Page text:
Facebook’s main Irish subsidiary paid an additional €35 million to settle outstanding tax matters last year as the amount of money it set aside to cover potential fines from regulatory investigations increased to more than €1 billion.
Revenues jumped by €6.3 billion to €40.6 billion at Facebook Ireland in 2020 as pre-tax profits rose to €890 million from €482 million a year earlier.
The company, which employs more than 2,000 people locally, paid out €20 million in dividends to its parent on the back of the strong performance.
It attributed the sharp rise in turnover to growth in advertising revenues from third-party providers.
The company’s corporate tax liability rose to €266.3 million from €173.2 million, largely as the result of it agreeing a resolution to tax matters and paying an additional €35 million to the Revenue Commissioners. This comes after the company’s tax liability in 2019 increased almost threefold from €63.2 million as it paid €53 million in additional taxes to the Irish exchequer.
The amount Facebook set aside for possible administrative fines arising from investigations from data protection authorities more than trebled from €302.3 million to €1.02 billion. It predicted regulatory matters would be resolved within the next two years.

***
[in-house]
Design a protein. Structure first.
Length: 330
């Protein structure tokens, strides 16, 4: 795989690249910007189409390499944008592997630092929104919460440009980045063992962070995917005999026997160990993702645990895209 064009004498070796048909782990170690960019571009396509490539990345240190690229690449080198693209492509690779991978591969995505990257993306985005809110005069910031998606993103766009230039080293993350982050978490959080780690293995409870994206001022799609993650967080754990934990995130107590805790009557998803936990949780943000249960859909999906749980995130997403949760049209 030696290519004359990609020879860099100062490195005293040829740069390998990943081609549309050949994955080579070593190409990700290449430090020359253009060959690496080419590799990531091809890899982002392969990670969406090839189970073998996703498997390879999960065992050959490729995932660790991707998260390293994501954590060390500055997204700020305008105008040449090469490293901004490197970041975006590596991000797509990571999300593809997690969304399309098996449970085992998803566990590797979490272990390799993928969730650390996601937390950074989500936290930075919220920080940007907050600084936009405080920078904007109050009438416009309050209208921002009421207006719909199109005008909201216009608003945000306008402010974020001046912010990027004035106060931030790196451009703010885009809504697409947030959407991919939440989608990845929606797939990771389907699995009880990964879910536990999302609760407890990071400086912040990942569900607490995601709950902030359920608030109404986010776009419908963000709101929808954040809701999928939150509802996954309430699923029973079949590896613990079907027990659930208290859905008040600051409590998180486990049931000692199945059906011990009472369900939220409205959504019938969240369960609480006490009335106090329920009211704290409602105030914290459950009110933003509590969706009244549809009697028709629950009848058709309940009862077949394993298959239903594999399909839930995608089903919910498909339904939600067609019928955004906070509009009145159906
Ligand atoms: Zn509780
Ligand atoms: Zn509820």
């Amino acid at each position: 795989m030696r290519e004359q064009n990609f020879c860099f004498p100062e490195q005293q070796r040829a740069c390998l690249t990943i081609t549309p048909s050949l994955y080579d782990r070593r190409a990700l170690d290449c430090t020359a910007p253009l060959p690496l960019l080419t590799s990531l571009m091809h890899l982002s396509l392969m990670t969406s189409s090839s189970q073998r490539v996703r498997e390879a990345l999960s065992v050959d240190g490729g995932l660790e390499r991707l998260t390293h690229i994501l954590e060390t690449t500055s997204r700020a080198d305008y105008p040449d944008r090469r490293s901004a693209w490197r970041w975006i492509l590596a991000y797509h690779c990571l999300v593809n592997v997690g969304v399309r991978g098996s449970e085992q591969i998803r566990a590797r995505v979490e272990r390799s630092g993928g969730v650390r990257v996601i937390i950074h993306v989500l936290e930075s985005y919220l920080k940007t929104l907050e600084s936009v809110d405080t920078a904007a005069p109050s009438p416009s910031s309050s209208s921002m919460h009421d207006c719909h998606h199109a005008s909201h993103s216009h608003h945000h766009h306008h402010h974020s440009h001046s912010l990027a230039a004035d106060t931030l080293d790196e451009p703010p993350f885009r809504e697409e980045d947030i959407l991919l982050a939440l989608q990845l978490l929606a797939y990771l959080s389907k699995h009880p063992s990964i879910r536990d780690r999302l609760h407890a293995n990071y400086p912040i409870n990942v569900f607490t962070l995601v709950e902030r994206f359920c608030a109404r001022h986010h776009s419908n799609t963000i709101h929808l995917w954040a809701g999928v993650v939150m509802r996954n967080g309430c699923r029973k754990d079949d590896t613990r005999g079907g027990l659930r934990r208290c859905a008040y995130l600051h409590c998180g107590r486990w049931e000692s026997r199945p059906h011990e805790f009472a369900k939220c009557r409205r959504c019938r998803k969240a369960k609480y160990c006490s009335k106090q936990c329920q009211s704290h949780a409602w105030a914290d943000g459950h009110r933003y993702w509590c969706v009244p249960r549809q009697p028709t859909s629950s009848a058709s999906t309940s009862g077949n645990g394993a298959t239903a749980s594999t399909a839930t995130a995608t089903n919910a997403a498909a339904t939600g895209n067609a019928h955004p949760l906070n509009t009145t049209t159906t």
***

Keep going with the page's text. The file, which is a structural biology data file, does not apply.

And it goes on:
Facebook Ireland, whose parent recently rebranded as Meta, reported a surge in administrative expenses, which increased by €5.3 billion to €37.9 billion in 2020. It said the jump in expenses was linked to continued growth in business operations and additional payables to fellow group companies.
“Business operations continued to grow during the year which drove the increase in headcount-related expenses and intercompany expenses,” Facebook said.
During 2020, headcount rose 16 per cent to 2,247 from 1,944 in the prior year. Staff costs, including wages and salaries, increased to €377.8 million from €324.3 million.
A breakdown of employee roles reveals that 700 people worked across sales, with 666 in community operations and 540 in administration. A further 341 people were employed as engineers.
The company incurred €56 million in research, development and engineering expenses in 2020, up from €39 million in 2019.